However, all these great minds of the 20th century, from Einstein to Feynman, Oppenheimer to Enrico Fermi, Heisenberg to Otto Hahn, either directly or through their discoveries, paved the way for the creation of the atomic bomb.
Are they the ones to blame for Hiroshima and Nagasaki, and the current stockpile of nuclear weapons that the world is sitting on?
After all, as Oppenheimer once said, 'Our work has changed the conditions in which men live but the use of those changes is the problem of governments, not of scientists.'
The movie also shows that when, after the explosions in Hiroshima and Nagasaki, a conscience-stricken Oppenheimer goes to President Truman and laments that he has blood on his hands, the latter rebuffs him saying it was he who decided to drop those bombs and not Oppenheimer.
Although Oppenheimer made the aforesaid remarks in 1961, before Hiroshima, he was convinced that 'they won't fear it until they saw it'. So he knew that the weapon had to be put to actual use. And once it is used, he will be the one to be blamed.
He quotes the Bhagavad Gita to declare, 'Now I am become death' (Oppenheimer found the Hindu scriptures so inspiring that he learned Sanskrit in order to read them in their original language).
He hoped to end the war with a demonstration of this death.
But the annihilation of Hiroshima and Nagasaki, as well as the realisation that the people whom he trusted with this enormous weapon would not exercise the restraint that he expected them to do, forced Oppenheimer to reconsider his position. And he became a vociferous opponent of atomic weapons.
And that's when he suddenly became dangerous to the same politics to which he was hitherto essential.
His influence on atomic policy was counterproductive for the 'country's interest' during the Cold War. And, in the McCarthy era, it became increasingly simple to target him for his past association with Communism.
Nolan's film perfectly captures these moral quandaries and political skullduggery.
The latter part of the film deals with the witch-hunting of Oppenheimer for his opposition to the country's H-bomb programme.
Apart from Murphy, it has Matt Damon playing Leslie Groves, the general who directed the Manhattan Project and the man behind the decision to drop two atomic bombs on Japan and not one, lest the enemy should think that it was a unique exercise; and a hard-to-recognise Robert Downey Jr playing Lewis Strauss, the chairman of the Atomic Energy Commission, who sought to settle personal as well as political scores with Oppenheimer by secretly passing on information that led to his security clearance being cancelled.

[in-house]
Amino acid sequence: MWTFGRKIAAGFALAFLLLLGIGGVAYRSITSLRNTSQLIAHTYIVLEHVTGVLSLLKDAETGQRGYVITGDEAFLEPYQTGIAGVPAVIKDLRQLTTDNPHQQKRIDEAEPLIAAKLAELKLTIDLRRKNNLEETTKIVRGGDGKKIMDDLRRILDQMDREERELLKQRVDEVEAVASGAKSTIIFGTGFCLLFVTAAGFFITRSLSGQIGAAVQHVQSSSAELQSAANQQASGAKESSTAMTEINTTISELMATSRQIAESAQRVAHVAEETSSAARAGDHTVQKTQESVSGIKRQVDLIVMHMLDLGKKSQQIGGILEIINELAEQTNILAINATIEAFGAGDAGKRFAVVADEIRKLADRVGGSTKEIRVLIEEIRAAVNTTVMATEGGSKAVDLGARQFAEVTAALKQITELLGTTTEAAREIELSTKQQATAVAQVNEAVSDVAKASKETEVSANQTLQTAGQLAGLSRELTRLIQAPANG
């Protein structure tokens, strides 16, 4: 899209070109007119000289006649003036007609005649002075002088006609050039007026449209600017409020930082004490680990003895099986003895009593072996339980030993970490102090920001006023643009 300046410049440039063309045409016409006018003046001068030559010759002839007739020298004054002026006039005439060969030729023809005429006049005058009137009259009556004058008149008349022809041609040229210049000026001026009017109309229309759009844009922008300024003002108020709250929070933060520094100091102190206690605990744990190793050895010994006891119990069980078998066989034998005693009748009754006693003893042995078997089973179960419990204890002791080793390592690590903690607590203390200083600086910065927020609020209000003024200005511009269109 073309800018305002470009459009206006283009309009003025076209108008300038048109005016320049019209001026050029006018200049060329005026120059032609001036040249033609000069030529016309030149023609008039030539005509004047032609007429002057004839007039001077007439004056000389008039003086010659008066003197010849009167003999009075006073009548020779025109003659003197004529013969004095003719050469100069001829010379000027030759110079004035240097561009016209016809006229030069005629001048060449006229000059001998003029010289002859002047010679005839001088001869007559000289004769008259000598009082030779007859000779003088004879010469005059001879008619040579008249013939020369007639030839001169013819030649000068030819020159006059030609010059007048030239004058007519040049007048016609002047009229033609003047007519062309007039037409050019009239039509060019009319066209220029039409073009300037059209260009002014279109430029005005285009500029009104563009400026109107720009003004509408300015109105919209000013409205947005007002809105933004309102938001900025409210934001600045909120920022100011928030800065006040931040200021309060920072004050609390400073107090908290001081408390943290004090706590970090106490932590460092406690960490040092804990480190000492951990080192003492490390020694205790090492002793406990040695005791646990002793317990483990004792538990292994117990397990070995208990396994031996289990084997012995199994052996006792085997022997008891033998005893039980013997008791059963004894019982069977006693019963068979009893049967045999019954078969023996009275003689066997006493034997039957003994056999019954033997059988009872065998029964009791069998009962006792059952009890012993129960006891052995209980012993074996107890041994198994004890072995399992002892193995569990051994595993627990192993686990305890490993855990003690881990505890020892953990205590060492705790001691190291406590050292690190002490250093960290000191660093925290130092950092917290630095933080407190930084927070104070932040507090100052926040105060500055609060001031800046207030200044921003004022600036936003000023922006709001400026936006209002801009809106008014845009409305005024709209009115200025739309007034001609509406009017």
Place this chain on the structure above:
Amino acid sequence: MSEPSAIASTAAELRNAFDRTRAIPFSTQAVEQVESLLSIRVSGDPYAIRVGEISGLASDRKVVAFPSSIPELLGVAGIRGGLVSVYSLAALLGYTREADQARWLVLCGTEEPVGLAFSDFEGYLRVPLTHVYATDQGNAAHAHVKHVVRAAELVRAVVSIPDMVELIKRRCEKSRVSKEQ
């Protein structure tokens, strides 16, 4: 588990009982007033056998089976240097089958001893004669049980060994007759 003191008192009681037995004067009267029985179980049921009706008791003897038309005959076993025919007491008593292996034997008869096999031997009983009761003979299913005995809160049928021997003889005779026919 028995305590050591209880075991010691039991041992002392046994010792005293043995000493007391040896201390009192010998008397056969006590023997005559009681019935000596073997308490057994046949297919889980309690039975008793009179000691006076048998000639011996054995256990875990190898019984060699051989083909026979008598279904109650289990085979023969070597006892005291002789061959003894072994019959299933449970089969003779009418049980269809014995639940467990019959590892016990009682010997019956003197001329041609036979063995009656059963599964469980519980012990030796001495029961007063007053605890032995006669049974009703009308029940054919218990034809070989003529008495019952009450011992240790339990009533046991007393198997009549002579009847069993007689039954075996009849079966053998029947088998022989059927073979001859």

All the segments involving Robert Downey Jr are in black and white, unlike the rest of the movie. Something that reminds one of Nolan's Memento.
What makes the movie stand out is that it never actually shows the destruction caused by the two bombs.
It doesn't even show the explosion.
Yet, it's the power of Nolan's direction that the audience live that experience, without actually seeing it.
The scene showing the Trinity test has no background score.
Yet, when it played, there was a pin-drop silence in the packed theatre where I was watching the film.
Similarly, one scene where he is applauded for ending the war, shows Oppenheimer having visions of what it must have felt to experience those explosions. And that is enough to make one flinch with disgust at the thought of what would happen if a nuclear weapon is used.
Thus, it is also a very politically significant film for our time. Not only that we have some eccentric leaders who have access to these weapons, but this debate of 'good guys with big bombs as deterrent for bad guys' has never left the discourse.
The Allies must have it before the Nazis do, the US must have it before the Soviets do, India must have it before Pakistan does, Israel must have it before Iran does, it never stopped. And will never stop as new conflicts emerge.
One might argue that, so far, the armament on both sides has ensured that neither puts it to use.
But isn't it a matter of time when someone chooses to 'become death'?
Well, they have all the means to do so now.